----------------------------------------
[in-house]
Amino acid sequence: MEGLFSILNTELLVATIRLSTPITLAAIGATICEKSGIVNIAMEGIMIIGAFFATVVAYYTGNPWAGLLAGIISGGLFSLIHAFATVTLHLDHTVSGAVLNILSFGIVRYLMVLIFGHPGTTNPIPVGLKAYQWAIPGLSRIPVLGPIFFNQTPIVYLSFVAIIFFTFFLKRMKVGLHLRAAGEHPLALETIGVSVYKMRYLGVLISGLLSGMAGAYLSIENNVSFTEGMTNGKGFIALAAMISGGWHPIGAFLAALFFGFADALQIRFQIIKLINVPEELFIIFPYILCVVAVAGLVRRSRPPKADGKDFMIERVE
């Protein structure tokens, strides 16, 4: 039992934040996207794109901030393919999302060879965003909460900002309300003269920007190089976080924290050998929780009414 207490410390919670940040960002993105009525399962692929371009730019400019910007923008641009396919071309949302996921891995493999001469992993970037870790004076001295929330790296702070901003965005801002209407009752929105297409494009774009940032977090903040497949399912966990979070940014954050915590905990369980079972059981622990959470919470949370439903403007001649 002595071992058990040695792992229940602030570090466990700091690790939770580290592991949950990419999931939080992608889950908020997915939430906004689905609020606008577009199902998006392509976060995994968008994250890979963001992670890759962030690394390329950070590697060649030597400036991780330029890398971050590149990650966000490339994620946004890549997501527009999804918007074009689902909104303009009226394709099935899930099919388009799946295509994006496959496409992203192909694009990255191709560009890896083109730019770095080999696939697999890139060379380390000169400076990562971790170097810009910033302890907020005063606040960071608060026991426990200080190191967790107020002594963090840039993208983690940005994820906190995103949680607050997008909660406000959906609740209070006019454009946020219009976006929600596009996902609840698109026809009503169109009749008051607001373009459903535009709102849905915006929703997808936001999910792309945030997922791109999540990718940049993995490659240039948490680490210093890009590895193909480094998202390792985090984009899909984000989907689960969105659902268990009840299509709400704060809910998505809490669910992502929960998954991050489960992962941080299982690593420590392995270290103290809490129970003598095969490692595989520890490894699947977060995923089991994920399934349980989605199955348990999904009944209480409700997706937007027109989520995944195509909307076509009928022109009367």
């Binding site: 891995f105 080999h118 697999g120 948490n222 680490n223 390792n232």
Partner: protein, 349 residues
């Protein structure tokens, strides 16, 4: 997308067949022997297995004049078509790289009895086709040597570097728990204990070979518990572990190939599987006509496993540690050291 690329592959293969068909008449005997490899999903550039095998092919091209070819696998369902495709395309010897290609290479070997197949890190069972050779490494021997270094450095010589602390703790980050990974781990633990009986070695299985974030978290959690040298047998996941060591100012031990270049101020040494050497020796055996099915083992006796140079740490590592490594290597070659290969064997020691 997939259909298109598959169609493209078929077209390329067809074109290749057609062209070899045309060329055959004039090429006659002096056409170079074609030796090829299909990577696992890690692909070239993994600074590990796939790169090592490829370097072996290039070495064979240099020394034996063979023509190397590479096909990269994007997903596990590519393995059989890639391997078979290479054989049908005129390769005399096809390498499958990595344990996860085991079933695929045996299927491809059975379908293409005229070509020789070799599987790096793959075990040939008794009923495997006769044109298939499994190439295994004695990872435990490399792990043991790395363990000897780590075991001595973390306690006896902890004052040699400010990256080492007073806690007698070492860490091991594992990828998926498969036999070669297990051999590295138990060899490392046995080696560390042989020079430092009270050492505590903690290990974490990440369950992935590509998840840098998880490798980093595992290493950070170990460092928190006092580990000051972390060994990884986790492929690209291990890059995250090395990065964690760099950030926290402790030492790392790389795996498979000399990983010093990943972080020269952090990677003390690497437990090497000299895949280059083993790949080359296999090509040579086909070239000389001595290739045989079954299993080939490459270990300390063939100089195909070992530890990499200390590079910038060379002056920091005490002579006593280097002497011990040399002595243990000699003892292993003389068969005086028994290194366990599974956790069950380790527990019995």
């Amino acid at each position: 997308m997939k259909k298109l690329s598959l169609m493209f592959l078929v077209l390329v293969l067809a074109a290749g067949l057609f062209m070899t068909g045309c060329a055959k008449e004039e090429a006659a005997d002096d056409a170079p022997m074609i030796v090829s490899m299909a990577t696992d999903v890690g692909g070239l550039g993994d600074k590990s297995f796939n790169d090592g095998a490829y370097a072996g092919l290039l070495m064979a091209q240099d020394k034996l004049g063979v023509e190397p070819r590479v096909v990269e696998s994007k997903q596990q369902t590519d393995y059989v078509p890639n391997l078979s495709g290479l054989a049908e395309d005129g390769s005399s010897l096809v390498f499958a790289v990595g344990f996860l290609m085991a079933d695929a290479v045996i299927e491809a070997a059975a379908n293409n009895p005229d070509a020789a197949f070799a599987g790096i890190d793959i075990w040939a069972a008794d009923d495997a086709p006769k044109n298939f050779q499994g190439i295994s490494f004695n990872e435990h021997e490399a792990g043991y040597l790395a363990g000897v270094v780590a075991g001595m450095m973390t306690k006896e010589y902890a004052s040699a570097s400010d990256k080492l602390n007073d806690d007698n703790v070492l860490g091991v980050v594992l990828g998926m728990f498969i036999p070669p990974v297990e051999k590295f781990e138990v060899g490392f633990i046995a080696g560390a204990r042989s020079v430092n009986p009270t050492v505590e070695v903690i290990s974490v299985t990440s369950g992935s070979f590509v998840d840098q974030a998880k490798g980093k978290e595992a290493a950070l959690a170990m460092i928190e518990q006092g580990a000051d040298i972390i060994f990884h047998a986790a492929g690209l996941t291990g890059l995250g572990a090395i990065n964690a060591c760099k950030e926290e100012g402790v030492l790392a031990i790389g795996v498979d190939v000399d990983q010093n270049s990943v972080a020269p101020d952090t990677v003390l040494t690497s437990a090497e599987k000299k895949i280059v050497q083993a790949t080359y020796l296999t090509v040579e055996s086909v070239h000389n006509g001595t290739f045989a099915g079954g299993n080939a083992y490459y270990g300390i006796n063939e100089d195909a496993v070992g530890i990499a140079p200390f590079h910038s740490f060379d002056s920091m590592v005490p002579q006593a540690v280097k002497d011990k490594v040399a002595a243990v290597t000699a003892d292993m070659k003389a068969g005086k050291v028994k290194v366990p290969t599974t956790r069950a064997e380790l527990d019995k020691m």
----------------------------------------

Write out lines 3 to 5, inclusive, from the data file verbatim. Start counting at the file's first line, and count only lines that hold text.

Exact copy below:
């Protein structure tokens, strides 16, 4: 039992934040996207794109901030393919999302060879965003909460900002309300003269920007190089976080924290050998929780009414 207490410390919670940040960002993105009525399962692929371009730019400019910007923008641009396919071309949302996921891995493999001469992993970037870790004076001295929330790296702070901003965005801002209407009752929105297409494009774009940032977090903040497949399912966990979070940014954050915590905990369980079972059981622990959470919470949370439903403007001649 002595071992058990040695792992229940602030570090466990700091690790939770580290592991949950990419999931939080992608889950908020997915939430906004689905609020606008577009199902998006392509976060995994968008994250890979963001992670890759962030690394390329950070590697060649030597400036991780330029890398971050590149990650966000490339994620946004890549997501527009999804918007074009689902909104303009009226394709099935899930099919388009799946295509994006496959496409992203192909694009990255191709560009890896083109730019770095080999696939697999890139060379380390000169400076990562971790170097810009910033302890907020005063606040960071608060026991426990200080190191967790107020002594963090840039993208983690940005994820906190995103949680607050997008909660406000959906609740209070006019454009946020219009976006929600596009996902609840698109026809009503169109009749008051607001373009459903535009709102849905915006929703997808936001999910792309945030997922791109999540990718940049993995490659240039948490680490210093890009590895193909480094998202390792985090984009899909984000989907689960969105659902268990009840299509709400704060809910998505809490669910992502929960998954991050489960992962941080299982690593420590392995270290103290809490129970003598095969490692595989520890490894699947977060995923089991994920399934349980989605199955348990999904009944209480409700997706937007027109989520995944195509909307076509009928022109009367």
């Binding site: 891995f105 080999h118 697999g120 948490n222 680490n223 390792n232």
Partner: protein, 349 residues